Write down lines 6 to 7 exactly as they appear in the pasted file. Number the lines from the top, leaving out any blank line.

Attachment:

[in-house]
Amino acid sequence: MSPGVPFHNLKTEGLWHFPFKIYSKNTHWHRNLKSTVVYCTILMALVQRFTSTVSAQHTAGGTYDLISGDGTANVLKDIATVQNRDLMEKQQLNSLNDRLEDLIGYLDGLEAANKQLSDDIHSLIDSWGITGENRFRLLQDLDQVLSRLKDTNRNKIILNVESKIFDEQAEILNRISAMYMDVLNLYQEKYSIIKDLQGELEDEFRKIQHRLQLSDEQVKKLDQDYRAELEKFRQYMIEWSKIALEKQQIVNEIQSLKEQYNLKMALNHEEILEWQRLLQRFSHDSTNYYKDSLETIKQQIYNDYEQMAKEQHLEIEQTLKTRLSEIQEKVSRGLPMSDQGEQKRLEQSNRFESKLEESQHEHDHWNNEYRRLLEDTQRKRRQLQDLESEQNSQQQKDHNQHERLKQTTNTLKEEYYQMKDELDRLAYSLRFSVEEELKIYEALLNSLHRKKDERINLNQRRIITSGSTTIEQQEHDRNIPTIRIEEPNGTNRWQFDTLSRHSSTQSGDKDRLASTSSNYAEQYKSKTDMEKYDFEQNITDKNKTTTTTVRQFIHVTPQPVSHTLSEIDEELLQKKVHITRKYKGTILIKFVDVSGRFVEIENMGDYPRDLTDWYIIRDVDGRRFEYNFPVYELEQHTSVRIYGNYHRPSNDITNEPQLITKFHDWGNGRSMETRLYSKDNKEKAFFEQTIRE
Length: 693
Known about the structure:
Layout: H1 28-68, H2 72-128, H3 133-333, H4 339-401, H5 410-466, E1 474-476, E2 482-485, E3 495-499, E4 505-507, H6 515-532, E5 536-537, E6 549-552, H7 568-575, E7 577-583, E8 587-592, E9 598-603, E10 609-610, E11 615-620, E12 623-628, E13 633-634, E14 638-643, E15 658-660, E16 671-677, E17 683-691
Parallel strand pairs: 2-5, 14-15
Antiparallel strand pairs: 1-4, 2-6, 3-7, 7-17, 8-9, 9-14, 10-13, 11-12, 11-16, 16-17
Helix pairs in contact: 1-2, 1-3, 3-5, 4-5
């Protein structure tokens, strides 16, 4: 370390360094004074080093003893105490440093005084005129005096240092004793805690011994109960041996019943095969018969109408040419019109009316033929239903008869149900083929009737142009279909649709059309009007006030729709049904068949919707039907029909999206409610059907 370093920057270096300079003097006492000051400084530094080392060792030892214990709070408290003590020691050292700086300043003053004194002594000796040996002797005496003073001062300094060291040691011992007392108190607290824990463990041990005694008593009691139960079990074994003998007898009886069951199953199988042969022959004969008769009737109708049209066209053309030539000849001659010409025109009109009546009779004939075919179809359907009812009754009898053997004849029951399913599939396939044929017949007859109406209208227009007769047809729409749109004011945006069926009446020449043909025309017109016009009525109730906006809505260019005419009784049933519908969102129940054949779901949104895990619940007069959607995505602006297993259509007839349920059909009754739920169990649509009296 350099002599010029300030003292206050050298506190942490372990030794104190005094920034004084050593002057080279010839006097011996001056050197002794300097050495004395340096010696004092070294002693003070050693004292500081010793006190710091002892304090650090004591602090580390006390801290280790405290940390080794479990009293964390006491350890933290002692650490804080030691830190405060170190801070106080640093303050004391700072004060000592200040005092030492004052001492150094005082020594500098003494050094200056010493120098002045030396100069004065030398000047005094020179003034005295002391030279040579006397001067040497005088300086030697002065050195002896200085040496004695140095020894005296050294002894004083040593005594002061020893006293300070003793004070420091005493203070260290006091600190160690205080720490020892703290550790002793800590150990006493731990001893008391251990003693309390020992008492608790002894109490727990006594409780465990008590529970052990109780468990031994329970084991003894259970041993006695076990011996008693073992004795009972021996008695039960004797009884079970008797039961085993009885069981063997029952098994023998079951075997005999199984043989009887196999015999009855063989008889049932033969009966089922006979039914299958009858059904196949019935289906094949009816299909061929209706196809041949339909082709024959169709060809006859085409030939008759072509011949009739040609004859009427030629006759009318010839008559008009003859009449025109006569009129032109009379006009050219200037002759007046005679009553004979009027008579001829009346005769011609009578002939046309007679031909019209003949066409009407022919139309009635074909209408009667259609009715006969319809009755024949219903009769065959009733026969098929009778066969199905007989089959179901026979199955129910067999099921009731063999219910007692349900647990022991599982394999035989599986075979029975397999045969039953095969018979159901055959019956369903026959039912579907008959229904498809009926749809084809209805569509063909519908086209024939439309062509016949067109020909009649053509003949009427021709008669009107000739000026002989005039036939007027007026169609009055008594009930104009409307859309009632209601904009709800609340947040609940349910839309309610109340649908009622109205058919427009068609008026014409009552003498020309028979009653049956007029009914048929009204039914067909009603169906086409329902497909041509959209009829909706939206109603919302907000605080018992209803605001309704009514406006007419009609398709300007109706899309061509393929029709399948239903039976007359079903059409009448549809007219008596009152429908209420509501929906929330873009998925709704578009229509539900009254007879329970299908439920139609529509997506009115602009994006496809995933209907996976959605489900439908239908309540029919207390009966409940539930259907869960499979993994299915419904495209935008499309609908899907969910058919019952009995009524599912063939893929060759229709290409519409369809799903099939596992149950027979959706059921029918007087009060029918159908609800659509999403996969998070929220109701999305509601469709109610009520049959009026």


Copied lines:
Parallel strand pairs: 2-5, 14-15
Antiparallel strand pairs: 1-4, 2-6, 3-7, 7-17, 8-9, 9-14, 10-13, 11-12, 11-16, 16-17